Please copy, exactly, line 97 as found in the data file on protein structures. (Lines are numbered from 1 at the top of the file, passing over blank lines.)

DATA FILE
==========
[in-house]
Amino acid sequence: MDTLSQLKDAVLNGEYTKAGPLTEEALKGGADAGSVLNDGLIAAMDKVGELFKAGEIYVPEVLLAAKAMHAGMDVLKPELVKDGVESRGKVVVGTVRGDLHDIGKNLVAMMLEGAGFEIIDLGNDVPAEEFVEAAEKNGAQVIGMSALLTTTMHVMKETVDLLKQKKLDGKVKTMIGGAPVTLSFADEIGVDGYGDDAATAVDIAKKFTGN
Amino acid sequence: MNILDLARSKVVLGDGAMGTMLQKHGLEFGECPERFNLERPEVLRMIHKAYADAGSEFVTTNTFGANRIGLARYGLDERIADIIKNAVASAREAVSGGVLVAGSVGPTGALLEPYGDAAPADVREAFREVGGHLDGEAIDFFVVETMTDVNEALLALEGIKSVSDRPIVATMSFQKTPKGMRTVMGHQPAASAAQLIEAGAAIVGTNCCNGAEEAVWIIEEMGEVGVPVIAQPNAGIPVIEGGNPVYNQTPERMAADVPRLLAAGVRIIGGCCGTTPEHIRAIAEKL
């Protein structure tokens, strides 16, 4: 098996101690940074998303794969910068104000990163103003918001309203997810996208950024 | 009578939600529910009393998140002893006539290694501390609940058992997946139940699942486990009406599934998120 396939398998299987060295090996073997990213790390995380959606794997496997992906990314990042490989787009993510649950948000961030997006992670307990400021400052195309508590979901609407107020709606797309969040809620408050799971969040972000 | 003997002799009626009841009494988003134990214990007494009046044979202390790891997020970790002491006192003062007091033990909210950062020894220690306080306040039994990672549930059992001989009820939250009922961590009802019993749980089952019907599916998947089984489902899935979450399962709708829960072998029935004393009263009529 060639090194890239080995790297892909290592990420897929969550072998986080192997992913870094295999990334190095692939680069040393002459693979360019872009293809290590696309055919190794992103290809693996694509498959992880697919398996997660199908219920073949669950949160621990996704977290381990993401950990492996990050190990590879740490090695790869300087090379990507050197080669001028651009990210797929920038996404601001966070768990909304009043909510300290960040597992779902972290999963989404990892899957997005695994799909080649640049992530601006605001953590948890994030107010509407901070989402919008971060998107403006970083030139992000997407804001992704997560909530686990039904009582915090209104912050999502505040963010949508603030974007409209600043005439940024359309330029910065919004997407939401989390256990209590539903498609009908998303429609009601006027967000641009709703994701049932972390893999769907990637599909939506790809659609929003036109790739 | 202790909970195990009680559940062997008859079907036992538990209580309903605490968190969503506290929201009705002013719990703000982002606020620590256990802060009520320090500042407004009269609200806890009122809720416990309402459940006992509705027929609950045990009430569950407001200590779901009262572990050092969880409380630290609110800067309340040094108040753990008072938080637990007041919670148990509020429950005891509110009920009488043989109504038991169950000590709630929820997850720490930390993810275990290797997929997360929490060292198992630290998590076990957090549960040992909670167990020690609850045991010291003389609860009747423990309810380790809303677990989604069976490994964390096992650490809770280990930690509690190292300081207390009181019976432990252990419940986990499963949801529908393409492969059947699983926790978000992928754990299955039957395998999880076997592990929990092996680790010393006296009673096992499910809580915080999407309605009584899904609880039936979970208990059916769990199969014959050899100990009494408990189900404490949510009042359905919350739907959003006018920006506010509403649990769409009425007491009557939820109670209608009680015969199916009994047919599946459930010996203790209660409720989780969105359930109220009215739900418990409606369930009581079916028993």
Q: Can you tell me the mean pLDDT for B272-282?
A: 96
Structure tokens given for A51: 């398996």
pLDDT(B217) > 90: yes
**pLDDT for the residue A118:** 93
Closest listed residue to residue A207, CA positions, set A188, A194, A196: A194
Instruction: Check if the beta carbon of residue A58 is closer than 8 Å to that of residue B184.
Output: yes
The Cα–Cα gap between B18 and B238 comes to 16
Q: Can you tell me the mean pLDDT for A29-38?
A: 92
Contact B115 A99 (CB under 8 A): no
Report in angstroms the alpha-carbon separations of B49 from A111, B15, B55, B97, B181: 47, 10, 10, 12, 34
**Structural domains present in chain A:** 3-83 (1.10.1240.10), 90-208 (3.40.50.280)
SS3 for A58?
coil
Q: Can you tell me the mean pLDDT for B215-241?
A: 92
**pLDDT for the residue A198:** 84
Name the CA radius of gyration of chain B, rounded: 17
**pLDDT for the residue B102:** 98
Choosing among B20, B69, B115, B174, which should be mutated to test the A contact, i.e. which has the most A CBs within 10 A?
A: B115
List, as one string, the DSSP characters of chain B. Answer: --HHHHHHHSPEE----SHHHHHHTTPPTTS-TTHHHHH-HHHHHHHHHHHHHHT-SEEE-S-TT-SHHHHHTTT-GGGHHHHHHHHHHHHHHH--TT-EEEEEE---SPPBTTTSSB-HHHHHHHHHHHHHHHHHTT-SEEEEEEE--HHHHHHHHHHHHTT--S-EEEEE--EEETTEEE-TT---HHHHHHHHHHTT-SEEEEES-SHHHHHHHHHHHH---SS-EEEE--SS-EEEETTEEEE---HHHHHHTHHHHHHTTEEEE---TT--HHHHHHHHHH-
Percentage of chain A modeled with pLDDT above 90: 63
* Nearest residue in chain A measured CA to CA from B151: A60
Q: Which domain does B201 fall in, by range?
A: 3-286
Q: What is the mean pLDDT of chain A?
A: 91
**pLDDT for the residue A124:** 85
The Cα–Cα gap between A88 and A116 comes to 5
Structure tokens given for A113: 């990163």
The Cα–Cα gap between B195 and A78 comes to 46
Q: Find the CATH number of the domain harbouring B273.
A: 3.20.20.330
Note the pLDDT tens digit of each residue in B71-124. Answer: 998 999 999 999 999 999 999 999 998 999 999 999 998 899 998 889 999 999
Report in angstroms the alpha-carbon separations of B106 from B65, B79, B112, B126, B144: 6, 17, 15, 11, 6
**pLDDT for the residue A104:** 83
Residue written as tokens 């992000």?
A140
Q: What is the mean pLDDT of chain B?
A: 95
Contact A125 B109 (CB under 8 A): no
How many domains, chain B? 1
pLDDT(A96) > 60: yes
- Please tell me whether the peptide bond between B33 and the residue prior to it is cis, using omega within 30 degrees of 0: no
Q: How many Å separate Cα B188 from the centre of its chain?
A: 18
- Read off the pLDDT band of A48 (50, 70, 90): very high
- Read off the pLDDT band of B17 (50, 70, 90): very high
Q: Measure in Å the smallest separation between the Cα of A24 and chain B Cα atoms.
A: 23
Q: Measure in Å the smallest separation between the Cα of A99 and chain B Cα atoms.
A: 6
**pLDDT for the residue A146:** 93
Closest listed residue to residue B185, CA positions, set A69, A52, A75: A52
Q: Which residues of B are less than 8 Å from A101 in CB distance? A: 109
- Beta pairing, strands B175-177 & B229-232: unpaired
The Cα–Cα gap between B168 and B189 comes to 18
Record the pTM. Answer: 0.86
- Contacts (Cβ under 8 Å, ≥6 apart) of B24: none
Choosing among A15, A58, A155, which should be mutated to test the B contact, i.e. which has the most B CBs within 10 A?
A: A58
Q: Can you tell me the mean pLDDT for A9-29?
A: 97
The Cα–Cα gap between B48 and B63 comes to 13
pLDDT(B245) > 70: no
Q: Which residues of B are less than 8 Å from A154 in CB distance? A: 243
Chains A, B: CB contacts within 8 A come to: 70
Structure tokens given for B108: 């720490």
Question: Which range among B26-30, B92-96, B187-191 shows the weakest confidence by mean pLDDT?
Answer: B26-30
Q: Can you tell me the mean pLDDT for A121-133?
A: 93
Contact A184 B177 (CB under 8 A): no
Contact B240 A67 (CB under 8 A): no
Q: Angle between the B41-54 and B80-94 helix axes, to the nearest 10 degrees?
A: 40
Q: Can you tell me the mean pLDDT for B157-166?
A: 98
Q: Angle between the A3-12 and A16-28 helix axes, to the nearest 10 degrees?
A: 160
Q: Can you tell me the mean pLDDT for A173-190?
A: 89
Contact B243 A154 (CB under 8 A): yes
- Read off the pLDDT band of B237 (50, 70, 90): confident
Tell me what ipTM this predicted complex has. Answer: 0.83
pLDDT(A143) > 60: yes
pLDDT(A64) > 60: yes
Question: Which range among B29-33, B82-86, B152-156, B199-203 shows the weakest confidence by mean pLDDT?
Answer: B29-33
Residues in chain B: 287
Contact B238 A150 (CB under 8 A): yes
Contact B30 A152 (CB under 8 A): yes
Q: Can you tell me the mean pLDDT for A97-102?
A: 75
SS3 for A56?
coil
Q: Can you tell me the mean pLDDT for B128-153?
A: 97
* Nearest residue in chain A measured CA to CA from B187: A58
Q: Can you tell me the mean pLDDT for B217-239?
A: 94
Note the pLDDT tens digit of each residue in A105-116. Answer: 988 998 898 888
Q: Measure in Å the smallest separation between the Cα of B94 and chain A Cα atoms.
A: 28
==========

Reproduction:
Residues in chain B: 287